Friday, December 18, 2009

Assault Weapon Use by Criminals on the Rise

USA Today reports on the increase in assault weapon use by criminals. Via Southern Beale.

Criminals increasingly are choosing high-powered firearms such as assault weapons, a new survey of 166 U.S. police agencies shows. Nearly 40% of the departments reported an uptick in the use of assault weapons, according to the Police Executive Research Forum, a law enforcement think tank.

In addition, half reported increases in the use of 9mm, .40-caliber and 10mm handguns in crimes — among the same types of weapons that police use. The survey offers one of the broadest indications of officers' concerns about the armed threat from criminals involved in murder, assault and other weapons-related offenses.

I like the comment by Southern Beale about this.

Nobody could have anticipated that allowing the federal assault weapons ban to expire in 2004 would have resulted in criminals’ increasing use of assault weapons.

Who indeed could have anticipated such a thing?

The two sides in the gun debate were represented in the USA Today article.

National Rifle Association spokesman Andrew Arulanandam says officers' concerns are largely misplaced: "The real issue is the high-caliber criminal, not the high-caliber firearms." He says repeat offenders are overwhelming the system and could increase as states send fewer to prison to cut costs.

Paul Helmke, president of the Brady Campaign to Prevent Gun Violence, says the high-powered weapons endanger officers. If police say there's a problem, "public officials should be listening."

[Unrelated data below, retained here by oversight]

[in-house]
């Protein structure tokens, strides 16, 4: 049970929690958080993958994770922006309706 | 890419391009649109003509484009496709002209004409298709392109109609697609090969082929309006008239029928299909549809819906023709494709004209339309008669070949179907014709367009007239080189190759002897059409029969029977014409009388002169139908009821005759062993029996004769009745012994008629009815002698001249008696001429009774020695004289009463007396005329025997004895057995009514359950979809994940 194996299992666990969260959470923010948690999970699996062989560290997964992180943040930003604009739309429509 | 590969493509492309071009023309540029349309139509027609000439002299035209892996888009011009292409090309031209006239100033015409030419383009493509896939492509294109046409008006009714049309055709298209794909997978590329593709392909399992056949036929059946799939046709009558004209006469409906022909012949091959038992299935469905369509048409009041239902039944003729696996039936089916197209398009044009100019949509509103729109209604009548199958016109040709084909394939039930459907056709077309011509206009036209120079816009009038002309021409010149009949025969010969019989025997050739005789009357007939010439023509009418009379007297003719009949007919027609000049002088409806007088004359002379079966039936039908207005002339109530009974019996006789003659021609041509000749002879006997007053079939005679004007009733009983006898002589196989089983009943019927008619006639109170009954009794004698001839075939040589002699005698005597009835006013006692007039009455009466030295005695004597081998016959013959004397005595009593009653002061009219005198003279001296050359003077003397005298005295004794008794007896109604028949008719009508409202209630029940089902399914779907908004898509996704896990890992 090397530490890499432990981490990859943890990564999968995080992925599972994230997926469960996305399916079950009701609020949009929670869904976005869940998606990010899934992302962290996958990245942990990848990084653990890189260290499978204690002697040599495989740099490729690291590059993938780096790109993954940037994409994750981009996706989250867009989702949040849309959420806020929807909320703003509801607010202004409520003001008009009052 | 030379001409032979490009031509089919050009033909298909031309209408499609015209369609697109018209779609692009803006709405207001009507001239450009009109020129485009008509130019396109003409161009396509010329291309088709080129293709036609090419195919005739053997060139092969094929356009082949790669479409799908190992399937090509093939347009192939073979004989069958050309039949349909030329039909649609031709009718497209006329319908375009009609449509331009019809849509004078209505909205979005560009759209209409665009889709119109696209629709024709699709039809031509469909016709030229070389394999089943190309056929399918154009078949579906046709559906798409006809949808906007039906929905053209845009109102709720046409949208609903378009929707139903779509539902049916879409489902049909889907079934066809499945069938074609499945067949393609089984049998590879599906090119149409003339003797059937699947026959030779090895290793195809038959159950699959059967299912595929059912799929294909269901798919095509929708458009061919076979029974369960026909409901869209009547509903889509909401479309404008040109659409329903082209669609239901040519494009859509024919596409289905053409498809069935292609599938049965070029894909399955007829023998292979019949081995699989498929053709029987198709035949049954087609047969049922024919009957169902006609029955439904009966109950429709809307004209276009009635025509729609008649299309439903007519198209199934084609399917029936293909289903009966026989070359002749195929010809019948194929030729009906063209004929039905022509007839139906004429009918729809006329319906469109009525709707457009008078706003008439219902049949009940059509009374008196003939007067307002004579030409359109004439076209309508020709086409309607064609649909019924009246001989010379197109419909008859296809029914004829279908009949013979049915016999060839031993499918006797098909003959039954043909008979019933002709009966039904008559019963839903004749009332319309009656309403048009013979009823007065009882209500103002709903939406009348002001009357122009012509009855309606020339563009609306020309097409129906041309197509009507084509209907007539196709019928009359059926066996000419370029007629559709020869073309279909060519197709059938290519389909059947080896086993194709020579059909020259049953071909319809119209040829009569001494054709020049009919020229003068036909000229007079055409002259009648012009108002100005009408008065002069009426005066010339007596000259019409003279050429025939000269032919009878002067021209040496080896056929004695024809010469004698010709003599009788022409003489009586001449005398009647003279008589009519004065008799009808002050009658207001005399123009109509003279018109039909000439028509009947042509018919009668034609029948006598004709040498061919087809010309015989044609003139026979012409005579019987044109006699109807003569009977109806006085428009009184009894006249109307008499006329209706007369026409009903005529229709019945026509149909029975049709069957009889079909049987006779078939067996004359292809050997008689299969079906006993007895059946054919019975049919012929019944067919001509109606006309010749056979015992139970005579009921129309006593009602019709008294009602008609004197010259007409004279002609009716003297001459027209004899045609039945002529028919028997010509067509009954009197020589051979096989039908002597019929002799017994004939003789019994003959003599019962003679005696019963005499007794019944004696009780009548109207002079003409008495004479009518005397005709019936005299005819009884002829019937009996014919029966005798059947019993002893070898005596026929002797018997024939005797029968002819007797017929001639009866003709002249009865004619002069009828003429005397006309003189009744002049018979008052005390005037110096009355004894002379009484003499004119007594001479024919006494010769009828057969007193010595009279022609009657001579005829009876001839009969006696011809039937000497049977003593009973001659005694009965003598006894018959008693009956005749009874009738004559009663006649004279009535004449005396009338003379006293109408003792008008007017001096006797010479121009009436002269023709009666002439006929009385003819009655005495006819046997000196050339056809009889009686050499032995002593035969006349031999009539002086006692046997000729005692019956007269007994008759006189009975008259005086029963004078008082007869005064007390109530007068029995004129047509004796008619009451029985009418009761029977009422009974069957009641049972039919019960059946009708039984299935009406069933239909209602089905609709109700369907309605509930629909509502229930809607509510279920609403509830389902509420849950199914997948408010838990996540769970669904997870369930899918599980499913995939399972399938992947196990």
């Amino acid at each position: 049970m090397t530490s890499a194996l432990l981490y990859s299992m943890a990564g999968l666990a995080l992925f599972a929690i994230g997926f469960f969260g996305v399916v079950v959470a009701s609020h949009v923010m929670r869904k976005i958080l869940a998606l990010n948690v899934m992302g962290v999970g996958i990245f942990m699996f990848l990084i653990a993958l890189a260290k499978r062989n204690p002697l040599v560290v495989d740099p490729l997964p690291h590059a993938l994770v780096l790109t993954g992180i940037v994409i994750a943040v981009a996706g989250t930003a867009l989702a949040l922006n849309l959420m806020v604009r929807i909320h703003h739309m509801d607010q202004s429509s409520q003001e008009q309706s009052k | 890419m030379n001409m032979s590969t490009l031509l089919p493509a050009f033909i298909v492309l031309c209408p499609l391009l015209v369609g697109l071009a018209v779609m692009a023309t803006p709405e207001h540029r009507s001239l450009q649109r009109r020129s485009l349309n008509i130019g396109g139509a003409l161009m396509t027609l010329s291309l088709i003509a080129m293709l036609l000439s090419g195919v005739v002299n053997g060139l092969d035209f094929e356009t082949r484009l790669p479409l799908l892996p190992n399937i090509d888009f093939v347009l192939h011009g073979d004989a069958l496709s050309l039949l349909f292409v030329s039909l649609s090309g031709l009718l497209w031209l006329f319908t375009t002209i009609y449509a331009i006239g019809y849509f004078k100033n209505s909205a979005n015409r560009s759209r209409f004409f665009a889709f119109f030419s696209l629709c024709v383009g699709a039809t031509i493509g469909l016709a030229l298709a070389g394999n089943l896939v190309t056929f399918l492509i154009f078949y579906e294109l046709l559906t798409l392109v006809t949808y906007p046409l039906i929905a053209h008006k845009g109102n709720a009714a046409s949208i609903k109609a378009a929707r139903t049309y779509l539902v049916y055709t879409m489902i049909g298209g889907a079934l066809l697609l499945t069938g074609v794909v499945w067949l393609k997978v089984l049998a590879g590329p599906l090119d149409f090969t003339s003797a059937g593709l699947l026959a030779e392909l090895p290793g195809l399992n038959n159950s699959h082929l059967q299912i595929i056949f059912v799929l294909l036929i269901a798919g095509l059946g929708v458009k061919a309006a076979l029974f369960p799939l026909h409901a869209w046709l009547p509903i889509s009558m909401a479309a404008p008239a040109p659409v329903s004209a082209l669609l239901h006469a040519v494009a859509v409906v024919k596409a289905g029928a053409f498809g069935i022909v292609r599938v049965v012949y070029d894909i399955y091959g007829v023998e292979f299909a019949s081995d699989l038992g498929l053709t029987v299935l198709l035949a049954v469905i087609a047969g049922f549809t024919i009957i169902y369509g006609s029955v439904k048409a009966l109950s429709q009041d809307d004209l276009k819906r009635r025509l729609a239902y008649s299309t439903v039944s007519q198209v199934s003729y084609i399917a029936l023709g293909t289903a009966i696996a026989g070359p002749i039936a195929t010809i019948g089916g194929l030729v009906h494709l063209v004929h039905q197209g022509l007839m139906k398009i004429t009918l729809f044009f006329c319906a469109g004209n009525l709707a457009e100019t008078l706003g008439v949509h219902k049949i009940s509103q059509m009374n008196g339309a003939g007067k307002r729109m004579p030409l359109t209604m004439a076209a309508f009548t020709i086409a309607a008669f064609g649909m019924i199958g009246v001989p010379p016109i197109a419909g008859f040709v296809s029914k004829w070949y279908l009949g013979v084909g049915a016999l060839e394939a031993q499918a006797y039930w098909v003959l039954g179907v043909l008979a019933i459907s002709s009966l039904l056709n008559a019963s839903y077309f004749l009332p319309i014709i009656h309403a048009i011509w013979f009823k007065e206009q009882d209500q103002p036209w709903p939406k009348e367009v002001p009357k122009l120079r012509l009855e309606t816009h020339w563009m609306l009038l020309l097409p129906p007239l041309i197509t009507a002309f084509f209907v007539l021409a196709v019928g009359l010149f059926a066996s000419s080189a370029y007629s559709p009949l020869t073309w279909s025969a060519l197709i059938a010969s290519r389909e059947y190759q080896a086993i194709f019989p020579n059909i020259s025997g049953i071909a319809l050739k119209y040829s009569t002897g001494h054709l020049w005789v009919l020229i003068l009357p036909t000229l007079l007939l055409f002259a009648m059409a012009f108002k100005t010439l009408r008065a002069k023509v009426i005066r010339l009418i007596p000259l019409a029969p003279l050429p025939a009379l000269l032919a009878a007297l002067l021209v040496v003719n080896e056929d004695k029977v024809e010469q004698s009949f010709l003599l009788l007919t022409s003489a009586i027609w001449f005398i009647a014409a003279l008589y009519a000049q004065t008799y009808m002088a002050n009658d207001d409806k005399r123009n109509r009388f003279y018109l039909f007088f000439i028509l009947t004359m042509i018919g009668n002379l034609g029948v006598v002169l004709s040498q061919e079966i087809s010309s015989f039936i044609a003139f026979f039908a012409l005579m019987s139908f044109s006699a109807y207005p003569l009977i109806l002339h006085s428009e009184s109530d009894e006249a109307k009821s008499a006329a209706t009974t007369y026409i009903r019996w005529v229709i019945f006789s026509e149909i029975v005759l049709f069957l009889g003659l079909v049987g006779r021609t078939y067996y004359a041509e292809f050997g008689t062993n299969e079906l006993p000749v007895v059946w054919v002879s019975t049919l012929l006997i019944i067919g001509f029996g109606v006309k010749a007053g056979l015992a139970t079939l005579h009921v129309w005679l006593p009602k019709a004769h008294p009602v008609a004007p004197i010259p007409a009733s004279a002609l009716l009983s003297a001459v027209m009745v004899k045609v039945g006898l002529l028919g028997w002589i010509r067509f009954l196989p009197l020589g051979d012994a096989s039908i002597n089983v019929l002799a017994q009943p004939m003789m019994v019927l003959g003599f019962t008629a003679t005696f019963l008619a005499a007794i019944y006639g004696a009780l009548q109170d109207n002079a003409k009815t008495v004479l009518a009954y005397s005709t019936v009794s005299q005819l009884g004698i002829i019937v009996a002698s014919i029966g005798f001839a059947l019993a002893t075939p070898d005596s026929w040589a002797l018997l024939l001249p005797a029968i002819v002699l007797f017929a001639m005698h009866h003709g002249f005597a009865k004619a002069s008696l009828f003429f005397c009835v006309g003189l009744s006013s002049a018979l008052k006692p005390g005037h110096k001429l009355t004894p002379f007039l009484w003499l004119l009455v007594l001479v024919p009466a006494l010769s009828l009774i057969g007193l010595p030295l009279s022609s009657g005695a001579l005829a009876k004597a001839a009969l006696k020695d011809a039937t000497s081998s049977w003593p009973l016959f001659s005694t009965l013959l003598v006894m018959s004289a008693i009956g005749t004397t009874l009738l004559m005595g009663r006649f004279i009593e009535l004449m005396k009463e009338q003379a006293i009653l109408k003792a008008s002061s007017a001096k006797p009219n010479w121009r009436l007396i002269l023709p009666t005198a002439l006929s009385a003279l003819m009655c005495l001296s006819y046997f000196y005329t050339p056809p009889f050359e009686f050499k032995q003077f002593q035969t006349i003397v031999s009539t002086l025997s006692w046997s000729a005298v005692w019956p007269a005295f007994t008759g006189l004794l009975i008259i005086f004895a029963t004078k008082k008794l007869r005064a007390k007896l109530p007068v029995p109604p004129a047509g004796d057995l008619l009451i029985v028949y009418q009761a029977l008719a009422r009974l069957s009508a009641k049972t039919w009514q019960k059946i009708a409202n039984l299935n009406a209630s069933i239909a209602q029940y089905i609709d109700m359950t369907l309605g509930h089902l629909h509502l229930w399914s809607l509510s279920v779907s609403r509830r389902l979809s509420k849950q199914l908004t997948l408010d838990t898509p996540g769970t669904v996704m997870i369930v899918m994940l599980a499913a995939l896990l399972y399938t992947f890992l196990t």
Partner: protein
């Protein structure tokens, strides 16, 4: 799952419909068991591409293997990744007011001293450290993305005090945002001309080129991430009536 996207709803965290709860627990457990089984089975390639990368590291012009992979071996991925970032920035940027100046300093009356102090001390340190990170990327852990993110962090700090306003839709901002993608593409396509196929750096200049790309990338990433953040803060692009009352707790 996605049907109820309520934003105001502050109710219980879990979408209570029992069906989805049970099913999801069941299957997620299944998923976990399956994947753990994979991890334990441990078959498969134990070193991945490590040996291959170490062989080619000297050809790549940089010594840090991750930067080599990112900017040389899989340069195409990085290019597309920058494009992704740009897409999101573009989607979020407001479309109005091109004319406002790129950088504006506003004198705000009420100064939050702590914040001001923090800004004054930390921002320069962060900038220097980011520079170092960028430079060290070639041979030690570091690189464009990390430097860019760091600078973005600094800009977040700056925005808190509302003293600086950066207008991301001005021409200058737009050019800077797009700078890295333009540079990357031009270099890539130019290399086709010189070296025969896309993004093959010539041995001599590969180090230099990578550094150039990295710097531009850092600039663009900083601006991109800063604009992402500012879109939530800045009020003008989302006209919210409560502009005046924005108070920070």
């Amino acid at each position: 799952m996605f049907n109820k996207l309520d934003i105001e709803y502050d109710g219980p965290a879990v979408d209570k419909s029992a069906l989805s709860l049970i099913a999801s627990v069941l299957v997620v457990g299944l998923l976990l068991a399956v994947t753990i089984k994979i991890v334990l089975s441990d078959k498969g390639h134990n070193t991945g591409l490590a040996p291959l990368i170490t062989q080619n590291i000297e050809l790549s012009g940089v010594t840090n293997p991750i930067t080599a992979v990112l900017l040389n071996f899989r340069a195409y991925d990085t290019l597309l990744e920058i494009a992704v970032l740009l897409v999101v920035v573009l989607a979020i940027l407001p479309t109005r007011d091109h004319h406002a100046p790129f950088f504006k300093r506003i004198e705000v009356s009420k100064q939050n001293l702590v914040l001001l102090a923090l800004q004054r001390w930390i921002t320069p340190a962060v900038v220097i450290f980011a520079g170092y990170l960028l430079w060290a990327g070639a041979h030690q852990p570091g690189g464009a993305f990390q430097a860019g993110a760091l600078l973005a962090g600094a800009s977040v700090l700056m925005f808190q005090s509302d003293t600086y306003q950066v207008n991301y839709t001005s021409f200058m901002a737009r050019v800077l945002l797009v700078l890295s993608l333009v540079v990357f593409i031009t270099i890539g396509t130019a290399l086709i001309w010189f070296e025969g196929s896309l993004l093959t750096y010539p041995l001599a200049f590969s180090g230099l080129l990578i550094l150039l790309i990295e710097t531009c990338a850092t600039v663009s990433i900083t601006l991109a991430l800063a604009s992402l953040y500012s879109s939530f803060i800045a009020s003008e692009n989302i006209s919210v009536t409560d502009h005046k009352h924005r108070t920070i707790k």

Now, I admit I have a soft spot for Paul Helmke. As a short time resident of Fort Wayne Indiana, the city which he presided over as mayor, I've always felt a connection with him. But, in the light of that tired old NRA line about "guns don't kill people, people kill people," I think Paul makes great sense when he urges lawmakers to listen up when police departments are talking.

What's your opinion? Please leave a comment.


  1. So 9mm, 40 S&W and 10mm handguns were banned under the 94 AWB?

    Wow you folks really never bring facts to the table.

  2. Mikeb: "I think Paul makes great sense when he urges lawmakers to listen up when police departments are talking."

    I am reminded of a story I lke to tell about the NY Times (which I read daily).

    NY Times headline: "Police support death penalty for cop-killers"
    NY Times editorial: "We are opposed..."

    NY Times headline: "Police support exceptions to exclusion of evidence when illegal searches were made in good faith"
    NY Times editorial: "We are opposed..."

    NY Times headline: "Police support gun control proposal"
    NY Times editorial: "We should listen to police more often..."

  3. "Police Executive Research Forum"

    I stopped reading right there. That's the same organization that supported MAIG's attempt to repeal the Tiahrt Amendment.

    This is also the same organization the Joyce Foundation has collaborated with on occasion.

  4. There would have been gun registration and assault weapons would have been banned long ago had legislators listened to Law Enforcement and prosecuting attorneys instead of special interest groups.

  5. Mikeb,

    So we should listen when the police report that a higher number of "assault" weapons are being used? Even when they aren't "assault" weapons?